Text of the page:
Why is it that every time a grilled chicken salad or some other healthful meal gets added to the lineup of a fast-food restaurant, a new “extreme” item—like a burger with quadruple layers of beef, cheese, and chocolate cake—also appears? Somehow the dark side always wins out.
Cynthia Sass, MPH, RD, New York City–based nutritionist
Take One and Pray in the Morning
There is a push by the managed-care industry to get doctors to change some of their prescriptions. They do this by convincing patients that if their doctors prescribed something else, it would be cheaper for them. It’s certainly cheaper for the insurance company. But now I’m stuck explaining to a patient that baking soda is not the same as Nexium when treating their reflux/heartburn, or that a real antibiotic is more effective than scraping mold off an old piece of bread. Okay, I’m exaggerating. But I’ve seen requests that come close. Something tells me that the insurance company executives get whatever they are prescribed.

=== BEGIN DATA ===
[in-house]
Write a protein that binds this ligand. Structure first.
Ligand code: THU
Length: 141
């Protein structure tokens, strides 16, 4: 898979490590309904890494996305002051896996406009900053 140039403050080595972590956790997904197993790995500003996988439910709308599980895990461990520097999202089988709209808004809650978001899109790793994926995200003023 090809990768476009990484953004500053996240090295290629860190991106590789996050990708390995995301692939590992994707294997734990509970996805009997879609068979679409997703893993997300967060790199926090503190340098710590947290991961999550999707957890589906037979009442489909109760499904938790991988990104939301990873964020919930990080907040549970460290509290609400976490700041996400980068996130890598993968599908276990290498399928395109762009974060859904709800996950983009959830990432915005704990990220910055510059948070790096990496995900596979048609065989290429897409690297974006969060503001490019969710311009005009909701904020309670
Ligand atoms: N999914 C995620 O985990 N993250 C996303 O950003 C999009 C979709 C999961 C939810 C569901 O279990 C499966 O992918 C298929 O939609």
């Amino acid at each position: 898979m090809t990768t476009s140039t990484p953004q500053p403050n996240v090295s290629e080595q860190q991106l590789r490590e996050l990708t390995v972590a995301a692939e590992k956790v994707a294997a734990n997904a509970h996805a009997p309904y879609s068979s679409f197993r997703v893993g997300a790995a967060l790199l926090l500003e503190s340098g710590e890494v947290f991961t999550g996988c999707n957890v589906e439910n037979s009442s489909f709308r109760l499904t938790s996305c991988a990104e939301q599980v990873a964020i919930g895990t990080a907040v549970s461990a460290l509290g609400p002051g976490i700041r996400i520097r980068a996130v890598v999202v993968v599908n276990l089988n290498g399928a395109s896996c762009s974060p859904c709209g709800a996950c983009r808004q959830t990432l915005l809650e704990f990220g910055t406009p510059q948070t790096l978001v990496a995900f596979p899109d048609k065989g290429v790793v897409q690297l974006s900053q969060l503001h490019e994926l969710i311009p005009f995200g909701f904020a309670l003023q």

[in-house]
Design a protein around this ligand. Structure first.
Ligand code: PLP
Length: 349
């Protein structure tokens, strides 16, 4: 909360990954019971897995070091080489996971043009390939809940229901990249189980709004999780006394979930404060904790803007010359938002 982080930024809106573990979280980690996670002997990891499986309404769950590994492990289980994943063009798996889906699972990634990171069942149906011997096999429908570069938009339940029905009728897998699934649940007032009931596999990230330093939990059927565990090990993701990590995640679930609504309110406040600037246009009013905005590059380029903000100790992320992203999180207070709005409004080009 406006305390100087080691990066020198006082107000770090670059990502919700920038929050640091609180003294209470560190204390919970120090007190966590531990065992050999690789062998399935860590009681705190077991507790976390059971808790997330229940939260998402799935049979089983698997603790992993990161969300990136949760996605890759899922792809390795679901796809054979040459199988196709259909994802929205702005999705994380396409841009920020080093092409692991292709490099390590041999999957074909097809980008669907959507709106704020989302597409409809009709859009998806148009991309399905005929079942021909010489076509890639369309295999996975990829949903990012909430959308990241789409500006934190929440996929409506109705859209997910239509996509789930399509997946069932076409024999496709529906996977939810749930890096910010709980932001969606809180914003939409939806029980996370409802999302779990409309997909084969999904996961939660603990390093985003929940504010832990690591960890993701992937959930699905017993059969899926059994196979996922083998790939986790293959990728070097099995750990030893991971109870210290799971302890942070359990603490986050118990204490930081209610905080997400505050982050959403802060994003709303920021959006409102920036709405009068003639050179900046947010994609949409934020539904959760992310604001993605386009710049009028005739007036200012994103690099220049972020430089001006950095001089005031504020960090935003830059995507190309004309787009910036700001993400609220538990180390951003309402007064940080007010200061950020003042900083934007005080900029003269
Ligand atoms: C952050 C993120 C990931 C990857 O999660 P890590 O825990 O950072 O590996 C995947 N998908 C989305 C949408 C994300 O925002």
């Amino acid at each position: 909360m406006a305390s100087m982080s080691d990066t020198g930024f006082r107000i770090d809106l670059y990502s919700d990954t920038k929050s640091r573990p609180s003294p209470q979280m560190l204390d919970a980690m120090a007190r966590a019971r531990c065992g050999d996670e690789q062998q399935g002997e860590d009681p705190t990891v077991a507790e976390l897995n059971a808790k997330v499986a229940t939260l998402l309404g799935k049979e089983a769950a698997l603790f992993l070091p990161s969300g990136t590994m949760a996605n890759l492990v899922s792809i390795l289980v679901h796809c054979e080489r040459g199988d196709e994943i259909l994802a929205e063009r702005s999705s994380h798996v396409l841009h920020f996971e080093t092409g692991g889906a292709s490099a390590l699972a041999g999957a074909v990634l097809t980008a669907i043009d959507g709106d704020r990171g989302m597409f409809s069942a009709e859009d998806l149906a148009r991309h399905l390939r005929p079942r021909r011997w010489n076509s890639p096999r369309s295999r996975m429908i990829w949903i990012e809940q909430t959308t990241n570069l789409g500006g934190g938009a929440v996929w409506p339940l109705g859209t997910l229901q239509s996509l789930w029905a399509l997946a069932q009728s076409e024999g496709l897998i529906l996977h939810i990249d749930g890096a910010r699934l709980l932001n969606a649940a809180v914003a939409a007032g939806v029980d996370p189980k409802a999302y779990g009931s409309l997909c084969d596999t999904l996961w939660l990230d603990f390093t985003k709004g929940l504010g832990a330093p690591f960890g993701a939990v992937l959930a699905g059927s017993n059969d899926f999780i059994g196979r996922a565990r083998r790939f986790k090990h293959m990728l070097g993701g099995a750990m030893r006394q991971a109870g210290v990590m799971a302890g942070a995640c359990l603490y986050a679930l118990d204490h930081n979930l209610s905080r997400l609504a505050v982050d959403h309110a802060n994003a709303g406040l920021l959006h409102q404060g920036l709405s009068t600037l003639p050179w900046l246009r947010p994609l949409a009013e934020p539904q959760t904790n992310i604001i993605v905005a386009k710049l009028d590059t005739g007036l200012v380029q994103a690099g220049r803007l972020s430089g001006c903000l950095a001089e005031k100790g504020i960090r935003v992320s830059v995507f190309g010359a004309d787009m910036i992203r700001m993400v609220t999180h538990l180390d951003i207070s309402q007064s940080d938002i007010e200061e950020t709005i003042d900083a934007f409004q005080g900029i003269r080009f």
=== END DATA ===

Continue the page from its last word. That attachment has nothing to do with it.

Douglas Farrago, MD, editor of Placebo Journal
Purell, I’ve got two words for you: ha and ha. Turns out kids need a little dirt to be healthy. Read the studies coming out—maybe we’re playing it too safe. Is that why everyone’s got an allergy today but didn’t back when we all drank from the same cup and dried our hands on raw hamburger?
“Imagine a touchable world,” goes the Purell slogan. I did. It looks just like this one, except nobody’s chasing us around with a pump full of glop.
Lenore Skenazy, author of Free-Range Kids